Emir Lamido Sanusi’s travails




Emir Sanusi

No doubt, the Emir of Kano, Alhaji Sanusi Lamido Sanusi, is presently passing through a very difficult time. He is a subject of victimisation, intimidation and imposition. The current face-off between the Kano Emirate and the state government is an issue that should be handled with utmost care. Sanusi was appointed Governor of Central Bank of Nigeria (CBN) in June 2009, having resigned his new appointment as the chief of the First Bank of Nigeria Plc, to take up the CBN job. Sanusi II became the 14th emir of Kano in 2014 after his suspension from office as CBN governor. Before his appointment as the emir, Sanusi is reputed to be one of the most active social critics in the land.

For me, what stood him out is his periodic analysis of socio-economic and political events. While some people see him as the ‘voice’ of the downtrodden, the poor and the oppressed, others simply dismiss him as a mere noise-maker and raiser of false alarm. Recalling his controversial moves, the then CBN governor shocked many Nigerians by announcing the removal of chief executives of four big banks and replacing them with CBN-appointed managements. A month later, another four more banks were added to the troubled list. In 2001, Sanusi had described the then Kano state government of practicing “Ajino-moto economics”, which is another term for “motor park economics”, following a plan by the state to spend about N719 million to construct a governor’s lodge in Abuja. In 2010, at the convocation of the Igbinedion University, Okada, he raised an alarm that the nation’s legislature was consuming 25% of national budgets.

 The emir once warned President Muhammadu Buhari to avoid repeating the mistakes purportedly made by ex-President Goodluck Jonathan so that his administration does not end up becoming unpopular. The former CBN governor warned the government against blaming previous administrations for the nation’s woes, saying what was important now was for the administration to concentrate on putting the nation back on the path of development. Sanusi had asked the citizens to rely less on the military, defend themselves and “acquire what they need” to protect themselves from terrorists’ attacks.

 Ordinarily, when you are a social critic, you are prone to all sorts of hostilities such as gossips, isolation and rejection. At times, you are accorded respect in the community but most often, the dark sides seem to be more than what you benefit from critiquing the powerful and mighty in the society. That is the price of saying it the way it is. I think that is simply what the emir is heavily paying for in his state. There is something that many people fail to realise about social critics. It does not matter whether you are from a poor, rich home, royal family or highly influential class in the society, the passion to cry out when things are not going on well is just natural and in-born.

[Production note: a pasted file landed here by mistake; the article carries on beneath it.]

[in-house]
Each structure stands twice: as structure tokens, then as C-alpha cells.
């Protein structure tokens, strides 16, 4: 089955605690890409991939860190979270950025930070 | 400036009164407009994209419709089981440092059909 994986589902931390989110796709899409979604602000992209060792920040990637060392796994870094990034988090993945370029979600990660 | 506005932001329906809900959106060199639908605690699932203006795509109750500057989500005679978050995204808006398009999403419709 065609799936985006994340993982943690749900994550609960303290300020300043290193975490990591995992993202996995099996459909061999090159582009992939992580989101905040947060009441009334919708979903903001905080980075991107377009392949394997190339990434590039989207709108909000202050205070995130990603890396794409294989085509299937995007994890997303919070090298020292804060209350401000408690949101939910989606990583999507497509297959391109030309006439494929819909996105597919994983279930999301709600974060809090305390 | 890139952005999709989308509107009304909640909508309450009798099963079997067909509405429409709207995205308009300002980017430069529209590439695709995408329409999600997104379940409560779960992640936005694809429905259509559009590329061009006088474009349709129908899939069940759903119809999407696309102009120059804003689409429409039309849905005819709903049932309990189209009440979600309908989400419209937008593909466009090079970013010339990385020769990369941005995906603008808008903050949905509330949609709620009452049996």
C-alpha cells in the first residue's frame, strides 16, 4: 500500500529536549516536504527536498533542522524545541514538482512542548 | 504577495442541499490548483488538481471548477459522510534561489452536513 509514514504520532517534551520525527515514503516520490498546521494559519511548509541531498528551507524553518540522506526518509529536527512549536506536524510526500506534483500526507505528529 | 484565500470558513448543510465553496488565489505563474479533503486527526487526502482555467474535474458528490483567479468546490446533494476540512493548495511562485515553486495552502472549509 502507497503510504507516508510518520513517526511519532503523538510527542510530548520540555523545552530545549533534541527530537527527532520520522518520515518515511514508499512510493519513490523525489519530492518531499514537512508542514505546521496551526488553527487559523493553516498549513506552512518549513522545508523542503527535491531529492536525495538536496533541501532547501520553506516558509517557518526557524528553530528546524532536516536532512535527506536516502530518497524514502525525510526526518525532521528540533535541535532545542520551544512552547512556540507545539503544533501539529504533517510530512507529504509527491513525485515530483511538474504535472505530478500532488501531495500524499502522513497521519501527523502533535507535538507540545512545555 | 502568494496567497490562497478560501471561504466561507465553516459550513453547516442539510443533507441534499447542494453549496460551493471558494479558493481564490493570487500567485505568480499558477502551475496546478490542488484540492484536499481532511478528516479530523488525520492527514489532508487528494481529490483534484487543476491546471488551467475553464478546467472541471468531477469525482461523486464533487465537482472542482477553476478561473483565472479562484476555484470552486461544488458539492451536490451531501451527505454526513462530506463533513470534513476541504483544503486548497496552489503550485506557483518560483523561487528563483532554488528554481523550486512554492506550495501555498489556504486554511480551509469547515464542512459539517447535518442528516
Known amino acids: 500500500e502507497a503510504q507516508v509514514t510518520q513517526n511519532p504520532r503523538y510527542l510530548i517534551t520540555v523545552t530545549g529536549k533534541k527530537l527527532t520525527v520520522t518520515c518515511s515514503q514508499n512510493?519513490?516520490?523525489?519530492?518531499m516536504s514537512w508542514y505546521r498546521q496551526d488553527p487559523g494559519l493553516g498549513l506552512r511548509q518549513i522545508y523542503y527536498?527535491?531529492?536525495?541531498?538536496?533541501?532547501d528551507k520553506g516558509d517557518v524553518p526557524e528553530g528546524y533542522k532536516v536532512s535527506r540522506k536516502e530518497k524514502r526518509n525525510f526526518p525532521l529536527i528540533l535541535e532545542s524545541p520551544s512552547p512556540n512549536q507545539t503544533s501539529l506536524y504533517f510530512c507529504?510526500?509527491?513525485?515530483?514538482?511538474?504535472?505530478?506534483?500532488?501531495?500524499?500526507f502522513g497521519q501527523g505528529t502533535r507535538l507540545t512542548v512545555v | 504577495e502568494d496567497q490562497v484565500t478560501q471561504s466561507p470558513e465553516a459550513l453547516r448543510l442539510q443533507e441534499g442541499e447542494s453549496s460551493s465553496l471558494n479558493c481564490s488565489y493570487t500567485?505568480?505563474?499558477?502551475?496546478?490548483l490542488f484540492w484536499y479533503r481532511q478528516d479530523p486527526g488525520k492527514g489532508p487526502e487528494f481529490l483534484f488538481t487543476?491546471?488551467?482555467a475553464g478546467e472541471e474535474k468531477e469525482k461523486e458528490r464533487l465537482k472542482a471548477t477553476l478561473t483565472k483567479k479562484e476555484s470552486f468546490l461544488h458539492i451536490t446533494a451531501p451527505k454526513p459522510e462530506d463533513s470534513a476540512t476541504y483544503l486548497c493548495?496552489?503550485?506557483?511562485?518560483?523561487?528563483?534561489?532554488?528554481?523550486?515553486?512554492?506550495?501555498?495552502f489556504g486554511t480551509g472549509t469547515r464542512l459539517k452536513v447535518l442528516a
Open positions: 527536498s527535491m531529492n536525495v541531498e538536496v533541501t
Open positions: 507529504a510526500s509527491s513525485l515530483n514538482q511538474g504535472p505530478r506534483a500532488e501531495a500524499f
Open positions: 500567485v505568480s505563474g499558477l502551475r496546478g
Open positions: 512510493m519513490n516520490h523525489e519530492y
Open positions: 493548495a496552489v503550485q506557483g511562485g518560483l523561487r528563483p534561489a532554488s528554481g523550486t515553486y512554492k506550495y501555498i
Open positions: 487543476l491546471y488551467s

The moment a social critic is unable to appraise events going around him, he becomes restless, guilty and uncomfortable. The greatest favour you can do for such a creature is to allow him to talk. Talking could be in form of words, writing or arts. Dissipation of energy certainly has to take place. Whether your dissenting voice is reckoned with or not is a different thing entirely. This passion is a rare form of community service. From the pre-Central Bank of Nigeria to post-CBN era to the emirate, Sanusi’s passion can never be taken from him. It is his life, his passion and DNA. He can never be silent.

The Kano State House of Assembly had passed the bill on class emirs for Gaya, Rano, Karaye and Bichi, equating that emirs with the same status as Sanusi’s. The cold war between Governor Abdullahi Umar Ganduje and Emir Sanusi has been on for some time. At the last gubernatorial election, for instance, Ganduje lost the Kano municipal, fuelling rumours that he would eventually come after the emir after the election. The state government may have initiated the project to cut down the emir’s powers and influence, its effects are bound to cause segregation, despite subsisting court interim injunction. Ganduje’s in-law and Oyo State Governor, Senator Abiola Ajimobi, did a similar misadventure in his state when some high chiefs and members of Olubadan-in-Council were elevated to obaship, due to the perceived hostility between the governor and the Olubadan of Ibadan.

Contrary to such position, anyone that has the courage and temerity to tell truth to power should be at the vantage position to give quality piece of advice that would promote better life for the people. It is this kind of situation that we find ourselves in this country in which sycophancy thrives over objectivity. Emir Sanusi should accord due respect to the governor, but does not deserve any humiliation. The Kano state government should soft pedal by exercising caution so as not to cause mayhem in the ancient town. It is only hoped that all stakeholders in the state would sheathe their swords and allow peace to reign. They should let the emir be.

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